What It’s Like to Travel to the French Pacific Islands

Remember that happiness is a way of travel—not a destination. – Roy M. Goodman

As a wanderer at heart, I’ve had my fair share of trips to various exotic destinations, starting in my early student days, and all the way to the present moment, when I continually crave the thrill of the unknown. The smell of the air in the new region, the breeze on my cheeks, and the sound of my footsteps, all different in each location, all equally intoxicating – until I met the queen of all oases, a dreamland that inspired Eden, French Polynesia.

Tahiti’s Hakuna Matata

I thought it was cliché even before I stepped foot on its pearl-white sand shore, but there’s a reason why Tahiti is on the throne of French Polynesian islands and keeps attracting more guests than any of its sibling atolls. However, my fascination was deeper than the overwater bungalows or cocktails on La Plage de Maui, as I was mesmerized by the palette of azure blues, iridescent waves, inquisitive marine life, and the locals with broad, genuine smiles – in fact, all of the aforementioned, colors and animals included, felt as if they were constantly smiling, in a state of bliss.

Mo’orea island in French Polynesia

It’s as if you step into a land without time, where everything is about the present moment, celebrating its simplicity and immersing yourself in the goodness of nature. On that note, green tourism is increasingly more popular, as the locals appreciate their natural wealth of flora and fauna, and in an attempt to preserve their unique range of species, they encourage visitors to partake in Earth-friendly activities.

In addition to its capital, Papeete, visitors flock to the beaches to surf, kayak, explore the dreamy blue lagoons, and bask in the incredible local cuisine comprised of locally-harvested goods. Just southeast of the capital, I went to see the Vaipahi Gardens, with a brief stop at the Maraa Grotto for a magical swim. Next day, we trekked to Fautaua Waterfall, and no matter how I try to describe it, it will not do it justice – you truly need to be there to understand. It’s in the presence of such magnificence that you start to grasp just how imperceptibly small we are compared to the awesome power of Nature.

The less known sisters

I was lucky enough to have the opportunity to visit the neighboring islands of Tahiti, of which Raiatea, the next largest in the Society Islands archipelago, further instilled that feeling of “I want to ditch everything and live here as Tom Cruise in Cocktail.” Even its name translates into “faraway heaven.” As the most cherished and sacred of all, this green-laden mountainous island receives fewer visitors every year – making it a perfect destination for soul-searching.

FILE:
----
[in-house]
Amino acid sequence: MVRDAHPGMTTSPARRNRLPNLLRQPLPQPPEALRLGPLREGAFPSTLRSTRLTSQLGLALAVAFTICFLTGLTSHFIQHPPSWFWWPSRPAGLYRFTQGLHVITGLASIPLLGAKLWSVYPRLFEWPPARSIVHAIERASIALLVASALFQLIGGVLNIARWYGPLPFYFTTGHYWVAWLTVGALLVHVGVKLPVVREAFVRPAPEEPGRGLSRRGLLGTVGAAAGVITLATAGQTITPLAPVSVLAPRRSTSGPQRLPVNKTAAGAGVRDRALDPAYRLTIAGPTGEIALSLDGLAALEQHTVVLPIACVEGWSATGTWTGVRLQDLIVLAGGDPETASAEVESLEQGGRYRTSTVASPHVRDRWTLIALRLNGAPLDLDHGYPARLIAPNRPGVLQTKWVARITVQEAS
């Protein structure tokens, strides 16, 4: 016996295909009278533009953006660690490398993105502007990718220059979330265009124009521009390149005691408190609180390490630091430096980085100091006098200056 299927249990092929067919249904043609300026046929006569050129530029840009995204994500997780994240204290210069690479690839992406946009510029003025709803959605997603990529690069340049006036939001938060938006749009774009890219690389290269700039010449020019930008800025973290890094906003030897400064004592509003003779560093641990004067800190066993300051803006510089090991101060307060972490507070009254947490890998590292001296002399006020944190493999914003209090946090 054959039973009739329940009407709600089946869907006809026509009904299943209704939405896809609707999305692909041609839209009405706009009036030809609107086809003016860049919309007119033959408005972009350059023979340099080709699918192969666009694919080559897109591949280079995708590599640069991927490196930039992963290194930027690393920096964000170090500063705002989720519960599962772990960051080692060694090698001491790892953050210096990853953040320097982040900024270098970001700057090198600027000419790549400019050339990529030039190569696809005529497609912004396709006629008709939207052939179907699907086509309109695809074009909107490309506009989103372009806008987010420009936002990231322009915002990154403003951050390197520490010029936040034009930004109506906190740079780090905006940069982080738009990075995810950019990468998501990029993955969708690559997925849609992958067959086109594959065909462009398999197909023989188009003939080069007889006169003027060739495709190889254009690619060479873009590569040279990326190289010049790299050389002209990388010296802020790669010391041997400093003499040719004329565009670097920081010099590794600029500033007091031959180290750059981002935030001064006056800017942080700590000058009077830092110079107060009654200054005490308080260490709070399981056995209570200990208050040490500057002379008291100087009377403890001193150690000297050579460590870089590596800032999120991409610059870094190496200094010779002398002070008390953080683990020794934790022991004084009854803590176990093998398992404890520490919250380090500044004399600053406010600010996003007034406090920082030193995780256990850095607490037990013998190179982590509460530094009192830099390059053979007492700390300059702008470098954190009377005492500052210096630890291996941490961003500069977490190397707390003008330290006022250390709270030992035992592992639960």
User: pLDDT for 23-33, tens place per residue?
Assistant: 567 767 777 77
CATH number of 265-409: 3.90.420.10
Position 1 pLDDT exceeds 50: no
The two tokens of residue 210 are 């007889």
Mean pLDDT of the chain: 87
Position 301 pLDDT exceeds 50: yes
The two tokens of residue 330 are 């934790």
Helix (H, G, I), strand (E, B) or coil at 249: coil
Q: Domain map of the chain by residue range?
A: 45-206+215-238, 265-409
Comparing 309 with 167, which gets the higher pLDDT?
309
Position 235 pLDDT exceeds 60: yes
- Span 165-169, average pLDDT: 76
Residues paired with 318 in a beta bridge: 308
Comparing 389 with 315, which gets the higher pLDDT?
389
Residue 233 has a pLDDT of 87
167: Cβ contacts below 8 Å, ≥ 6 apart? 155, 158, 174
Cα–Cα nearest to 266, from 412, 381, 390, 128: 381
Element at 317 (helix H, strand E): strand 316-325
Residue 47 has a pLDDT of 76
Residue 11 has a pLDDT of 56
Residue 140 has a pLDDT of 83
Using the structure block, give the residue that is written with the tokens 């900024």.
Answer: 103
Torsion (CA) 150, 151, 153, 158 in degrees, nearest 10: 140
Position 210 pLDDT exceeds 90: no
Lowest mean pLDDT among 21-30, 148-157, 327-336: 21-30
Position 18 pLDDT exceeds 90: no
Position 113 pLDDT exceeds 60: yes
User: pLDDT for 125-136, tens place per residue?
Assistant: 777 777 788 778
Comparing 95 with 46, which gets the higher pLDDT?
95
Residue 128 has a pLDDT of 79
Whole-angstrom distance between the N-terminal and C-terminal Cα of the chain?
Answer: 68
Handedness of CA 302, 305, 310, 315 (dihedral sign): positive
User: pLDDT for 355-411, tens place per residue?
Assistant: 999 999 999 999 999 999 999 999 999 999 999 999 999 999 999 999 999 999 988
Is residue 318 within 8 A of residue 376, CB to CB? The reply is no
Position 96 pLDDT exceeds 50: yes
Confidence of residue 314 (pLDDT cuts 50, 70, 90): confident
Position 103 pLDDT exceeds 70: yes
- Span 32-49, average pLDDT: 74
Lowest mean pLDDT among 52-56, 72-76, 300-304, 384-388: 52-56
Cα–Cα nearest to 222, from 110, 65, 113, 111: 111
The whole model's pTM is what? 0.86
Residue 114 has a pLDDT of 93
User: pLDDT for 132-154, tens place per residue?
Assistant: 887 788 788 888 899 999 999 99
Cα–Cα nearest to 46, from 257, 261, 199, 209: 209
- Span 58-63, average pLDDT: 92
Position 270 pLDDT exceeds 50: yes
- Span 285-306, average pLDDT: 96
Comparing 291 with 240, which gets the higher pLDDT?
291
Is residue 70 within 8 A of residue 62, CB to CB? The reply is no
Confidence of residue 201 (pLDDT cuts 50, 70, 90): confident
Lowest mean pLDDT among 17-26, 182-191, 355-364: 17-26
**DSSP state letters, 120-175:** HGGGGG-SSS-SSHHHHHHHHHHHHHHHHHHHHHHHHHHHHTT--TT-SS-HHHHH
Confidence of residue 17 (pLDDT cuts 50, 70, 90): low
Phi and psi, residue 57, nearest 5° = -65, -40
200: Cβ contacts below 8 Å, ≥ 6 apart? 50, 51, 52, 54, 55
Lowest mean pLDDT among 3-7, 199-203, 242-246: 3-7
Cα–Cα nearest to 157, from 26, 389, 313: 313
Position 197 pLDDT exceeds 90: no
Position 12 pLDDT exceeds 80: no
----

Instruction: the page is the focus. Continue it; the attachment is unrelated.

Taha’a island in French Polynesia

Taha’a was no less serene and joyous than its more massive companions, “the Vanilla Island” truly is as delicious and stunning as it sounds. The wild hibiscus flower that grows freely on the island alters its hue patterns with the day, and the vanilla farms are a must for all lovers of this precious commodity. Its villages are small, slow-paced and friendly, and this was perhaps my first encounter with an exotic island of such beauty with so few visitors.

Noumea in New Caledonia

Charming New Caledonia

Finding myself in the capital Noumea in New Caledonia felt like escaping reality, due to the modestly urban elegance combined with pristine nature and a fleet of numerous boats, yachts, and ships coming from all over the world to bask in its beauty. And despite its many visitors and locals, not a single moment felt too crowded, as the spirit of slow-paced beach life permeated the atmosphere.

On the other end of the spectrum lies the splendid, and ever-so-French New Caledonia culture that represents a colorful blend of the timeless European charm and the uniquely Pacific tranquil essence. Instead of the typical French baguette, go for Bougna, a local dish with chicken and fish mixed with sweet potatoes and wrapped in banana leaves. Explore the city on a train, and get a glimpse of the aerial view of the famous Heart of Voh – even if you’re not a romantic like me, you will be dazzled.

Isle of Pines in New Caledonia

And as I lost my gaze into the translucence of the blue lagoon, observed the horizon from atop the iron Amedee Lighthouse and dived deep into the waters of the Isle of Pines, I was overwhelmed by sheer gratitude for being able to experience such beauty. And I promised myself I would do my best to perpetuate that feeling upon my return home, a few life lessons come in the shape of such a blissful adventure.

[bctt tweet=”It is better to #travel well than to arrive. – Buddha” username=”havingtime”]

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